A friend of mine who is a M.D. and has a great understanding about Migraine, has been very supportive of me, and also happens to work in a company that manufacturers dermatological products (so you could see she has some professional interest in the topic) posted a link on Facebook to the FDA approval of Botox. I commented that it was great news. Another friend of hers (who I don’t know) commented after me, saying “suddenly, I feel a headache coming on. sign me up!” Okay, I don’t know if this woman is a Migraineur or not and I don’t want to go off half-cocked, but it put me on slow burn. First I kind of shrugged, then read it again and was annoyed and gradually I’m getting that agitated feeling in my stomach… that could lead to a Migraine, among other things.
I’m trying to get at my feelings. The implication that I read there is that it’s a joke that you could get Botox for a “headache,” that people should fake headaches in order to get cosmetic Botox treatments. It trivializes our condition, maybe completely unknowingly, but even so. I was inclined to let it go so as to not drum up trouble, but if I don’t take on an opportunity to educate, I’m not being true to myself. So I’m going to answer her. If you’re reading this post on Facebook, I already have.
Of course I’d love to really let loose, but I want to educate, not alienate, so here’s what I’m saying:
Migraine disease is a serious neurological illness which is one of the top 20 most disabling conditions world-wide. Chronic Migraine sufferers have Migraines 15 or more days per month. For some of us, Botox helps prevent or lessen the impact of some of the Migraine attacks. The Botox is not injected in places that would help anyone with their wrinkles. It may be surprising, or sound strange, but it’s not a joking matter. I don’t think you intended to offend, but please understand that your comment trivializes a very real disease suffered by 36 million people in the USA alone.
What do you think? Am I doing right by our cause?
June 3rd, 2009
What’s going on? (pain in my head and struggle every day)
I write and work, children grow and amaze,
I walk the field when I am able and drink in the richness of the world.
Many days my world narrows to this pain in my head, and my struggle:
I must try – help to keep this family afloat, and I haven’t the stamina
or time free from pain
to stay on my feet more than half the day.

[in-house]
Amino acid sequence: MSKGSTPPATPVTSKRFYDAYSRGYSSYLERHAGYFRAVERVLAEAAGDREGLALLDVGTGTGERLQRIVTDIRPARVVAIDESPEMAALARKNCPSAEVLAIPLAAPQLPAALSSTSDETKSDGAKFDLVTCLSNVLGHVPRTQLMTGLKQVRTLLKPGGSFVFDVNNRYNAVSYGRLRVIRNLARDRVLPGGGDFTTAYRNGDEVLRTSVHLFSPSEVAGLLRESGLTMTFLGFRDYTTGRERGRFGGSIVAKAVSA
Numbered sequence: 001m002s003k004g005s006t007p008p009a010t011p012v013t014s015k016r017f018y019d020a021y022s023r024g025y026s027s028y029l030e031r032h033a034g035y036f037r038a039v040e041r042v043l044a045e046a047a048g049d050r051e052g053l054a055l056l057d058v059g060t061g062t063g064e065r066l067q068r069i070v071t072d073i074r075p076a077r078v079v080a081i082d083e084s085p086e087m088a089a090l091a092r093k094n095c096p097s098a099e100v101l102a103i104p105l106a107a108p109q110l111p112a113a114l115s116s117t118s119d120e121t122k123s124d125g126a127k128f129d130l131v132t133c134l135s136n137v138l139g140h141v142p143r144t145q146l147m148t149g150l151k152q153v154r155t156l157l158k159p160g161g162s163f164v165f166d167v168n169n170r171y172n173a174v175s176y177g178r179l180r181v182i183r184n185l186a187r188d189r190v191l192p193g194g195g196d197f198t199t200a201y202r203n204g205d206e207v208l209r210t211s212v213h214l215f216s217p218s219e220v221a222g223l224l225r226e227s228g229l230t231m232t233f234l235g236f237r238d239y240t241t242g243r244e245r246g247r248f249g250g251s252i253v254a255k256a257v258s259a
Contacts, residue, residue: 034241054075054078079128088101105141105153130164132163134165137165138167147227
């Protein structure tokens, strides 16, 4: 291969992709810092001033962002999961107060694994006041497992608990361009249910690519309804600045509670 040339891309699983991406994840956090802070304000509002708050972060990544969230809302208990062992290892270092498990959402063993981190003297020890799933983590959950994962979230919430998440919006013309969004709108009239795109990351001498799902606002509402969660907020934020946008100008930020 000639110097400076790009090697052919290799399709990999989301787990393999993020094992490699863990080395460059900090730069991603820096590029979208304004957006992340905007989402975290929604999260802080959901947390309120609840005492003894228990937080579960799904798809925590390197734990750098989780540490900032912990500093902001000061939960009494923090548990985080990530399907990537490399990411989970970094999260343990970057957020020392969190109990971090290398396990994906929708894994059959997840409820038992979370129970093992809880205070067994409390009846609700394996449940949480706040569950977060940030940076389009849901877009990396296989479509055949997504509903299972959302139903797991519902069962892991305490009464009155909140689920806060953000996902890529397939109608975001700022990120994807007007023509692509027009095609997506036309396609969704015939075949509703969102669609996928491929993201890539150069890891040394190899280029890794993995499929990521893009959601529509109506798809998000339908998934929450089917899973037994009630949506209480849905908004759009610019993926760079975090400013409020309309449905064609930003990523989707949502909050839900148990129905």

Why haven’t I told you?
I could not bear the disappointment in your eyes,
the well-meant advice and suggestions.
This was never who I set out to be.
I did not say I think I will grow up, yes I,
this talented and brilliant child,
I will grow up to be a sick person.
No, this was not my agenda.
Why have I been out of touch?
I could not bear the hope in your voice,
when I have a good day – that now I will be all better,
I could not bear you rushing to me with your cures for the incurable.
I could not bear your pain for me, mirroring my pain for me.
I could not bear my envy of your life.
I have learned lessons costly in the teaching
and too painful for a Christmas letter.
Hope is with me every day. And fourteen years of worsening health,
I grow older, the future is uncertain.
I have a sensitive system,
I have fought knowing that I have a sensitive system,
and it has cost me.
Now I try acceptance for a change.
What’s new with you?
- Megan Oltman
Writing pen image courtesy of Toshiyuki IMAI.
March 5th, 2009
I woke up feeling well, and well rested, before my alarm went off this morning. That may not sound like a big deal, but it is very unusual for me, and worth commenting on. I went to bed last night with a Migraine that hadn’t fully resolved, and with a queasy stomach, which I thought was nausea from the Migraine. The head pain was completely gone this morning but now in early afternoon my stomach has gone back to feeling a bit queasy, so I am wondering in retrospect whether the stomach gripe yesterday was Migraine nausea or IBS or whatever else this may be that I am feeling today. Having multiple chronic illnesses is like that. Most of the time I’m grateful if nothing really major is going on. It’s rare that some degree of minor ick isn’t happening, and it’s also rare that I can sort it all out and say definitively what is bothering me on a given day.
I felt so well that I set my Facebook status this morning to say “Megan Oltman is feeling really well for the first time in weeks.” Within a few hours I found myself musing on what exactly “feeling really well” is, whether it’s a moving target, and whether it’s a claim I can make. I’m not feeling as well as I was when I got up this morning. On the other hand, I don’t have a Migraine, my stomach is only a little queasy with no major pain or cramping, I don’t feel fatigued, I am mentally clear, I am not congested, I am fairly energetic – this is a good day! I might even color it pink!